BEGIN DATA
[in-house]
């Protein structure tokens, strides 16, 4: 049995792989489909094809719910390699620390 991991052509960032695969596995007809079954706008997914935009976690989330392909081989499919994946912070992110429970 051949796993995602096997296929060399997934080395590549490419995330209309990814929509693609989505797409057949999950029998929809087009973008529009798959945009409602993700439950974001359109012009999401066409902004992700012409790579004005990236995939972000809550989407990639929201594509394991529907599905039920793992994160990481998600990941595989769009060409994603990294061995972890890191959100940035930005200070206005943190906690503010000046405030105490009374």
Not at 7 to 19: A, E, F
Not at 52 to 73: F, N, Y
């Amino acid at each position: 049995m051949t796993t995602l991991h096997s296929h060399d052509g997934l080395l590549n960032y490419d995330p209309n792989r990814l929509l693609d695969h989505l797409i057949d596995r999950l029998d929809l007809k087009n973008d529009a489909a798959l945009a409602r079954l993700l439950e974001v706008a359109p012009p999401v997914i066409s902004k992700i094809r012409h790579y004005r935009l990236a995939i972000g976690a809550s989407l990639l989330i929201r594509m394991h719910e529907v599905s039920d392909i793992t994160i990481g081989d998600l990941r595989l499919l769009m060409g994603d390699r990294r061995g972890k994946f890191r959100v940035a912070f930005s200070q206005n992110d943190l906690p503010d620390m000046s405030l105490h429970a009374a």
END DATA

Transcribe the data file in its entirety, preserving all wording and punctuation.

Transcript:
[in-house]
């Protein structure tokens, strides 16, 4: 049995792989489909094809719910390699620390 991991052509960032695969596995007809079954706008997914935009976690989330392909081989499919994946912070992110429970 051949796993995602096997296929060399997934080395590549490419995330209309990814929509693609989505797409057949999950029998929809087009973008529009798959945009409602993700439950974001359109012009999401066409902004992700012409790579004005990236995939972000809550989407990639929201594509394991529907599905039920793992994160990481998600990941595989769009060409994603990294061995972890890191959100940035930005200070206005943190906690503010000046405030105490009374």
Not at 7 to 19: A, E, F
Not at 52 to 73: F, N, Y
């Amino acid at each position: 049995m051949t796993t995602l991991h096997s296929h060399d052509g997934l080395l590549n960032y490419d995330p209309n792989r990814l929509l693609d695969h989505l797409i057949d596995r999950l029998d929809l007809k087009n973008d529009a489909a798959l945009a409602r079954l993700l439950e974001v706008a359109p012009p999401v997914i066409s902004k992700i094809r012409h790579y004005r935009l990236a995939i972000g976690a809550s989407l990639l989330i929201r594509m394991h719910e529907v599905s039920d392909i793992t994160i990481g081989d998600l990941r595989l499919l769009m060409g994603d390699r990294r061995g972890k994946f890191r959100v940035a912070f930005s200070q206005n992110d943190l906690p503010d620390m000046s405030l105490h429970a009374a």